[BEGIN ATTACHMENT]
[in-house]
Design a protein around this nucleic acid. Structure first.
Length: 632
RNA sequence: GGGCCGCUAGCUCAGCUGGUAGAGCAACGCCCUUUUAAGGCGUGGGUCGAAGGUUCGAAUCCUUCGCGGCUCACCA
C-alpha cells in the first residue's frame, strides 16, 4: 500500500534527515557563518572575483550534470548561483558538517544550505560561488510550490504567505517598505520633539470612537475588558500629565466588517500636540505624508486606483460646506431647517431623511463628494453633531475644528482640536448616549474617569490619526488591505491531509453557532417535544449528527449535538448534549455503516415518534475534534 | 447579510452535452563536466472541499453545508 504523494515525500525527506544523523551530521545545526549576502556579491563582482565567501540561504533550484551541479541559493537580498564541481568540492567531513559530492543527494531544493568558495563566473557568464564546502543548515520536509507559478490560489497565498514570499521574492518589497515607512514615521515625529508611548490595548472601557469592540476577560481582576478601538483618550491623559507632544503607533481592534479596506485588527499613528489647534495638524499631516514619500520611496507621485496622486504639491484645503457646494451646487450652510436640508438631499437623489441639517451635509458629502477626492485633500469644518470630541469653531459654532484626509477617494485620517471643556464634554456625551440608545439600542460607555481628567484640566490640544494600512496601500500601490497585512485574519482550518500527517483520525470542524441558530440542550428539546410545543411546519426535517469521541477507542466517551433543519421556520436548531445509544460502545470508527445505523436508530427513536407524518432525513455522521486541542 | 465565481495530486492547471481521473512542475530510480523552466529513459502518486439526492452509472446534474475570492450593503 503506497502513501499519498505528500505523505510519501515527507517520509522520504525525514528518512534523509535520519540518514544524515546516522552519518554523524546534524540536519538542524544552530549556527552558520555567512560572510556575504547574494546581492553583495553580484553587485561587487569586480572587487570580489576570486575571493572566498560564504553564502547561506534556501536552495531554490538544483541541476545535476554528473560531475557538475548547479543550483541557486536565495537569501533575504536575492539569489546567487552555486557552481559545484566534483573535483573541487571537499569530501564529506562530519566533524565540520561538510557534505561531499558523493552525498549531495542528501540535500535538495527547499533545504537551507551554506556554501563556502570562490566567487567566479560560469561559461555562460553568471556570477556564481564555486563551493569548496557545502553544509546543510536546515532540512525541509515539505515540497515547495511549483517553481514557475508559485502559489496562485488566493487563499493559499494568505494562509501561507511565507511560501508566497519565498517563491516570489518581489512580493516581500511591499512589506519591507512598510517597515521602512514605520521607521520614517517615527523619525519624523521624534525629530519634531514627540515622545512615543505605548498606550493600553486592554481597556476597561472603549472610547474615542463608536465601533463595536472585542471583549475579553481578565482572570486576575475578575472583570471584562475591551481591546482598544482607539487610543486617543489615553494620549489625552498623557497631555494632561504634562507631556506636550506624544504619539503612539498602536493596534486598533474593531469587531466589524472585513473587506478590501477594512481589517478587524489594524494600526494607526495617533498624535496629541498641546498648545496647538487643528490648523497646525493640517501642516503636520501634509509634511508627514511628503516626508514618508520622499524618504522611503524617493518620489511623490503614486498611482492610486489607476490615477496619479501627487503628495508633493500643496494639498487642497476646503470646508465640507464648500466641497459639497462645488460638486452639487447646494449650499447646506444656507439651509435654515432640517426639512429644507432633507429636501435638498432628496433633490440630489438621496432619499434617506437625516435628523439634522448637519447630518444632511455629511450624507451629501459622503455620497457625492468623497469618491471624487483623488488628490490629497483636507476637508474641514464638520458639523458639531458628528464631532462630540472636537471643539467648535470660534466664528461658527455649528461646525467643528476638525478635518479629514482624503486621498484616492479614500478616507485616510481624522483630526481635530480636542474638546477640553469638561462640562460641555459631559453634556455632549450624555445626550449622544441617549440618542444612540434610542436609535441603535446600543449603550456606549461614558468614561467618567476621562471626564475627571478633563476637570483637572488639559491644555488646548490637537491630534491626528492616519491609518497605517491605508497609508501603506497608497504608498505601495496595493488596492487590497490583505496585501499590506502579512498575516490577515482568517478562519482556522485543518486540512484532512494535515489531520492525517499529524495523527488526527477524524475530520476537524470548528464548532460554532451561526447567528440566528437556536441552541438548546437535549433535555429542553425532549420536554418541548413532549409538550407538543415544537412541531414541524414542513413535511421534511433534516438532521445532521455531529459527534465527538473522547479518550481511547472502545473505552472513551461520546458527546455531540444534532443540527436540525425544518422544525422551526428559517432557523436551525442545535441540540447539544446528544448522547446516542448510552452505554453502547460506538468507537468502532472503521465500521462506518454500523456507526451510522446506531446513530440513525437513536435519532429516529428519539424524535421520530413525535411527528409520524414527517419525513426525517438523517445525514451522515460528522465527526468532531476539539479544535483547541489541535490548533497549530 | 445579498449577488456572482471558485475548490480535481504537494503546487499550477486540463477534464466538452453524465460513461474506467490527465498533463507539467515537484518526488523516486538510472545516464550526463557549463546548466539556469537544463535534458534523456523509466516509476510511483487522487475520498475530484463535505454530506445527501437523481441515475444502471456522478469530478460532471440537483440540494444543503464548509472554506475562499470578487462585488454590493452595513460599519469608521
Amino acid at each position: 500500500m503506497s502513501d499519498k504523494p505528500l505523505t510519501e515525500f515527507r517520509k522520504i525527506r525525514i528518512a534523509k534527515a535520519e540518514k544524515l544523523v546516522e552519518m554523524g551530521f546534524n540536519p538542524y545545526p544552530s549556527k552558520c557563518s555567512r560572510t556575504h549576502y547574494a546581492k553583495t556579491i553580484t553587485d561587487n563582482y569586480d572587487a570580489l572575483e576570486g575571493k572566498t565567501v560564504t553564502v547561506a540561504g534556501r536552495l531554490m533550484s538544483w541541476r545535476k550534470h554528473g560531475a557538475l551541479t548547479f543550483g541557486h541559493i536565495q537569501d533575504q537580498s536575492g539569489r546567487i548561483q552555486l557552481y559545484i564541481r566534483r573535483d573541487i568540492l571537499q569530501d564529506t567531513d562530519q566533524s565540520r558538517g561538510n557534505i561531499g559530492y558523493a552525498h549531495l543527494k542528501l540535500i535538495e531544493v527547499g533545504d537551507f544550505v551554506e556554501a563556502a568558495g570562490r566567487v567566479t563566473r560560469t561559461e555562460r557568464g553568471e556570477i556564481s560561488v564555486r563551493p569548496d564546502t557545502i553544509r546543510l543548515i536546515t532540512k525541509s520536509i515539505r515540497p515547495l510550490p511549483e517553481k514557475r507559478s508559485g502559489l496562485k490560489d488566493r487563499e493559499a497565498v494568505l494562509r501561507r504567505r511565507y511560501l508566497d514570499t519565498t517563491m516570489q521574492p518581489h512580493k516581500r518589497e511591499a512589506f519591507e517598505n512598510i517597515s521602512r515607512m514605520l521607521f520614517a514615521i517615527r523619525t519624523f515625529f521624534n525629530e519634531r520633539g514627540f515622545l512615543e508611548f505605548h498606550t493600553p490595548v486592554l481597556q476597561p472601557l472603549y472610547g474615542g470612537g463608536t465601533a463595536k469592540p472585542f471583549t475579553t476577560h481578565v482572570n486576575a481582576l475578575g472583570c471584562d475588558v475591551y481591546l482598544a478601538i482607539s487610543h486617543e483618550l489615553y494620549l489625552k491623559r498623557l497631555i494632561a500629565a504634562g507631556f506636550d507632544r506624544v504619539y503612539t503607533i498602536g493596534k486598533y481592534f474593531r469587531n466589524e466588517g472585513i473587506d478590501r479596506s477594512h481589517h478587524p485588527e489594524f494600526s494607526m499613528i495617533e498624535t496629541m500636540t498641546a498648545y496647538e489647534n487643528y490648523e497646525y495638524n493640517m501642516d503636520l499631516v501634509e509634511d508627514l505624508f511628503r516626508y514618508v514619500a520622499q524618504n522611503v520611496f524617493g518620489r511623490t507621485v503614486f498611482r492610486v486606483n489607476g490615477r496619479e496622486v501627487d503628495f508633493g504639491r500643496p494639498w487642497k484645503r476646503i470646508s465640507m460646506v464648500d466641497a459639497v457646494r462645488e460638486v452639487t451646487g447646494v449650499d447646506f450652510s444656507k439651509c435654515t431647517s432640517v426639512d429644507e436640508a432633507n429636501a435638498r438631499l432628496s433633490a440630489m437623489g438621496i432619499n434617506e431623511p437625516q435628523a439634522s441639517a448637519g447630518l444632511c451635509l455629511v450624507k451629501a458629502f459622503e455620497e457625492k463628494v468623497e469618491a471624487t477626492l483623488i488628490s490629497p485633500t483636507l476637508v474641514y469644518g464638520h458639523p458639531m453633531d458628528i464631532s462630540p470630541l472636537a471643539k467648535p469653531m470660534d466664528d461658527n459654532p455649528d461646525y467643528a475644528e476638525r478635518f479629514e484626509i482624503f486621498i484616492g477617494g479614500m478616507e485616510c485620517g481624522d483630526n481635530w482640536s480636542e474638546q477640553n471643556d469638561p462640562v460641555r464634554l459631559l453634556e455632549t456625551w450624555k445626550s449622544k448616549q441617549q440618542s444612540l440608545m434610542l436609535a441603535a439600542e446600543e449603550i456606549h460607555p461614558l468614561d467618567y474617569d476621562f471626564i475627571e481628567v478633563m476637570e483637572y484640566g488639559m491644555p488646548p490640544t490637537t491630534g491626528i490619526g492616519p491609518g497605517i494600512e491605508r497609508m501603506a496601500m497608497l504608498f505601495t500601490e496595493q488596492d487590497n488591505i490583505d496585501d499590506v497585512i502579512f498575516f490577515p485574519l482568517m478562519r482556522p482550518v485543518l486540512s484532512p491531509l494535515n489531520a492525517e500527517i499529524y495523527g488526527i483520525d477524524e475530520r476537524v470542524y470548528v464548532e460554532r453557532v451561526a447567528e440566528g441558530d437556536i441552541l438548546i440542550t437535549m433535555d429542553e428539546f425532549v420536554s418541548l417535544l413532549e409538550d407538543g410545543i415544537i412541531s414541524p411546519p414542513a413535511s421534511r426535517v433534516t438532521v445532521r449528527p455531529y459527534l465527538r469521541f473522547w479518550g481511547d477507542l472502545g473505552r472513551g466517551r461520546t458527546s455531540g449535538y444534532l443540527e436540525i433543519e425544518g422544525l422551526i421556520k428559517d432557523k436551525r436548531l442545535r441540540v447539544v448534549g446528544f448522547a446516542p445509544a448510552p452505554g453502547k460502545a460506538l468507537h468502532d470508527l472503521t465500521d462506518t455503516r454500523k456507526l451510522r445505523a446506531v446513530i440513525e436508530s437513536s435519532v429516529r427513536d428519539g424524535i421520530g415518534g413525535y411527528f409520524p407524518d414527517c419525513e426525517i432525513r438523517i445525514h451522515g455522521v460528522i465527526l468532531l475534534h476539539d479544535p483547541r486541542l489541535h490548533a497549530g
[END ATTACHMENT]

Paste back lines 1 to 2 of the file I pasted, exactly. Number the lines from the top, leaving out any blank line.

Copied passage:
[in-house]
Design a protein around this nucleic acid. Structure first.